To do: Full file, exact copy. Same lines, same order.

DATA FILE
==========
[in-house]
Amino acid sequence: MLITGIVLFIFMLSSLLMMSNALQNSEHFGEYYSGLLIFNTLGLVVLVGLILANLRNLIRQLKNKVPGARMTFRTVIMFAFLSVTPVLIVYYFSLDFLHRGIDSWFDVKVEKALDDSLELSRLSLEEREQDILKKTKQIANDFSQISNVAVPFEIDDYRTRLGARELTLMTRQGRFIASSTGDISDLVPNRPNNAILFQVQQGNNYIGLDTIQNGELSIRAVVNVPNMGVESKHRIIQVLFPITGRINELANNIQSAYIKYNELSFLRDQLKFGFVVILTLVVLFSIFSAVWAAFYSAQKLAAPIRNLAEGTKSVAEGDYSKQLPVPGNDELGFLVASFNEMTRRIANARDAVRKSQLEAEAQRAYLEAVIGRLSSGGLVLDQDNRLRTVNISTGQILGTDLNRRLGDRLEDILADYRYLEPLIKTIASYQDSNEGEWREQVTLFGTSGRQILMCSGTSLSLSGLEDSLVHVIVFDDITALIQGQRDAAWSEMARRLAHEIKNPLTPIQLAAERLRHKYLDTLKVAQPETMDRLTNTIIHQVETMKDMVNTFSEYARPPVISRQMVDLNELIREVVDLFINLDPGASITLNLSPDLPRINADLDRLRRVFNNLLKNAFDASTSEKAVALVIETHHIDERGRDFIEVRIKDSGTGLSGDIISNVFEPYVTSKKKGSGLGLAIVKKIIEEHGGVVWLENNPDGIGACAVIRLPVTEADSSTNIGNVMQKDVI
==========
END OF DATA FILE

[in-house]
Amino acid sequence: MLITGIVLFIFMLSSLLMMSNALQNSEHFGEYYSGLLIFNTLGLVVLVGLILANLRNLIRQLKNKVPGARMTFRTVIMFAFLSVTPVLIVYYFSLDFLHRGIDSWFDVKVEKALDDSLELSRLSLEEREQDILKKTKQIANDFSQISNVAVPFEIDDYRTRLGARELTLMTRQGRFIASSTGDISDLVPNRPNNAILFQVQQGNNYIGLDTIQNGELSIRAVVNVPNMGVESKHRIIQVLFPITGRINELANNIQSAYIKYNELSFLRDQLKFGFVVILTLVVLFSIFSAVWAAFYSAQKLAAPIRNLAEGTKSVAEGDYSKQLPVPGNDELGFLVASFNEMTRRIANARDAVRKSQLEAEAQRAYLEAVIGRLSSGGLVLDQDNRLRTVNISTGQILGTDLNRRLGDRLEDILADYRYLEPLIKTIASYQDSNEGEWREQVTLFGTSGRQILMCSGTSLSLSGLEDSLVHVIVFDDITALIQGQRDAAWSEMARRLAHEIKNPLTPIQLAAERLRHKYLDTLKVAQPETMDRLTNTIIHQVETMKDMVNTFSEYARPPVISRQMVDLNELIREVVDLFINLDPGASITLNLSPDLPRINADLDRLRRVFNNLLKNAFDASTSEKAVALVIETHHIDERGRDFIEVRIKDSGTGLSGDIISNVFEPYVTSKKKGSGLGLAIVKKIIEEHGGVVWLENNPDGIGACAVIRLPVTEADSSTNIGNVMQKDVI